This option retains four lanes for mixed (ie, motor) traffic, the same four lanes that induce rampant speeding now, and adds two skimpy bike lanes and one sidewalk. Only one sidewalk, forcing walkers to detour about a half mile if they are unlucky enough to be on the downstream side of the bridge at one end and wish to end up still on the downstream side on the other.
This is the half-a-loaf plan: survival rations, not nourishment. It's better than the abomination that exists today, but it's far from a truly community-friendly multi-modal bridge. Option 3, preferred by the majority, featured three mixed traffic lanes, two protected bikeways, and sidewalks on both sides of the bridge.
The unimaginative minority in the audience could think only that there would be oh-my-god less room for cars—though there can never be "enough room for cars," if you follow the current paradigm of structurally mandating that everyone drive by making all other option unattractive or downright frightening.
The Bureau of Engineering even trotted out their "Level Of Service" computations, though the methodology used has long been discredited and is scheduled to be abandoned by the State of California soon.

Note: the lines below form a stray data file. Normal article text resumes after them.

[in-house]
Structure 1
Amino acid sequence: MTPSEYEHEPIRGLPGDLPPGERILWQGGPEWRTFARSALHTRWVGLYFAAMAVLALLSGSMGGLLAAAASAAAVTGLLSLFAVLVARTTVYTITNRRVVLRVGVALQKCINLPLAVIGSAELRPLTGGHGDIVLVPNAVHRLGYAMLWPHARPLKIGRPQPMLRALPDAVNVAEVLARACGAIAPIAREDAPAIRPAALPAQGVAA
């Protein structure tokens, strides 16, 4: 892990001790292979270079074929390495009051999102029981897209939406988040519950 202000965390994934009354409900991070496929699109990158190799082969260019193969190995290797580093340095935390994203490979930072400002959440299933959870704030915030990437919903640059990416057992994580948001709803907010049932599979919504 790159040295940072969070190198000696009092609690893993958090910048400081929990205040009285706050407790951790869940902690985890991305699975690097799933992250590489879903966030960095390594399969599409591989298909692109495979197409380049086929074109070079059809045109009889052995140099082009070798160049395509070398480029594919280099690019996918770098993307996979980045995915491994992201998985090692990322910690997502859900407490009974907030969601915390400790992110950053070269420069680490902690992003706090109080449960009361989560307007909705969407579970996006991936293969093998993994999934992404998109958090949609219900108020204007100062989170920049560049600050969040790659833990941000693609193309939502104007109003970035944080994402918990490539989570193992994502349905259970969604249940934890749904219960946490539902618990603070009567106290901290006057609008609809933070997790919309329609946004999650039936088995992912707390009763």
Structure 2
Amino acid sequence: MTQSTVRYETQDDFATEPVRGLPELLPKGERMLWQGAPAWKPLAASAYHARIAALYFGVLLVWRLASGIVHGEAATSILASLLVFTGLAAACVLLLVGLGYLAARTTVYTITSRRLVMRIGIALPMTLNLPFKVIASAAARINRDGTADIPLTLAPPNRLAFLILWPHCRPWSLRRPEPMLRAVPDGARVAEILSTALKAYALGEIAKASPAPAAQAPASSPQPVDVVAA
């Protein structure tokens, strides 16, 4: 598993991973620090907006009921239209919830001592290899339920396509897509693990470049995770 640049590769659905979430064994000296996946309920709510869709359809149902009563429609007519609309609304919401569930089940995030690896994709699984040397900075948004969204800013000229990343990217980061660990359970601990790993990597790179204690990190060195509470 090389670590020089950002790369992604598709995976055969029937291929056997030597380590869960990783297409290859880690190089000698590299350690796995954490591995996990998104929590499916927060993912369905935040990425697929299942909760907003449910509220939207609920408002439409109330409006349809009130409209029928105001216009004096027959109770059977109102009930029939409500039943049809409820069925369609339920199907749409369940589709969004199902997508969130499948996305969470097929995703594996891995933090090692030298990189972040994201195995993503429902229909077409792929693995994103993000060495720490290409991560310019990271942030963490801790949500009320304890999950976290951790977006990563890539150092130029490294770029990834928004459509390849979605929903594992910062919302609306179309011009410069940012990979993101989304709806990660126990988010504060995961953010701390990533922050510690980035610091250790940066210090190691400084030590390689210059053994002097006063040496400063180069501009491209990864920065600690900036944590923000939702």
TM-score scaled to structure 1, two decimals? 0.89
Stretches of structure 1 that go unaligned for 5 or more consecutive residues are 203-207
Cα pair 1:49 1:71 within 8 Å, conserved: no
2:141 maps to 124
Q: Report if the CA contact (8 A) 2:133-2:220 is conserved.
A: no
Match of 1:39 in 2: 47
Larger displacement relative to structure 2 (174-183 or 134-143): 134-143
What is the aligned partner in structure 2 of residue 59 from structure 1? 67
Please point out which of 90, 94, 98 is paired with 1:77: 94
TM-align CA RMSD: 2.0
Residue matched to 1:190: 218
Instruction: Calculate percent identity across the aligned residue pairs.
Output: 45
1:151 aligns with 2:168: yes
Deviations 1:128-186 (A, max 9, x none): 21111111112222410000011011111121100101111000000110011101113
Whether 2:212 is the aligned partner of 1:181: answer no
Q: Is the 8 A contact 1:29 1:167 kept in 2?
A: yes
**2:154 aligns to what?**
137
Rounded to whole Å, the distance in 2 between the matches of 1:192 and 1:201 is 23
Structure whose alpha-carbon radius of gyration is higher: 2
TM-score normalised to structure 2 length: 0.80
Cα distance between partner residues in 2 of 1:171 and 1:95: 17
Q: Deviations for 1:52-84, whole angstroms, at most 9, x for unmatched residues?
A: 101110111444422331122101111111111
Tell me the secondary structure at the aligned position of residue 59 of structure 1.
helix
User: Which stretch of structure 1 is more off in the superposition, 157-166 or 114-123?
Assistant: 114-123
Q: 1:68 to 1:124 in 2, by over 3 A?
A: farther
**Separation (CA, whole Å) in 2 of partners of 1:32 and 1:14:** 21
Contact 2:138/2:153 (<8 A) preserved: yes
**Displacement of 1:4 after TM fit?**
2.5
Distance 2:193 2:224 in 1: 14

So Silver Lake and Atwater will continue to be blessed with road-raging drivers barreling down from the apex of the bridge at freeway speeds—right into pedestrian-centered shopping streets.
Read more here:
Is the City Destroying a Bridge in Order to Save It? (By me)
Is the Death Bridge Dead? (By me)
A Tale of Two Future Bridges: New Bike/Ped Crossing on L.A. River, Fewer Sidewalks on Glendale-Hyperion (By Damien Newton)
Public Works Board Approves Sidewalk Deficient Glendale-Hyperion Bridge (By Joe Linton)
A cursory search on "Glendale Hyperion bridge" will find you many more articles on this issue.
But at least I had the pleasure of a ride downtown in a very light rain, so light that I just let it fall and evaporate from my woolens while I rode without rain gear. (Which I carried just in case.) It is only under rain that much of LA smells good, and so it was today.
And I wasn't alone: I came across many dozens of other cyclists on my way downtown and, especially, in the city's core.
At least there was that.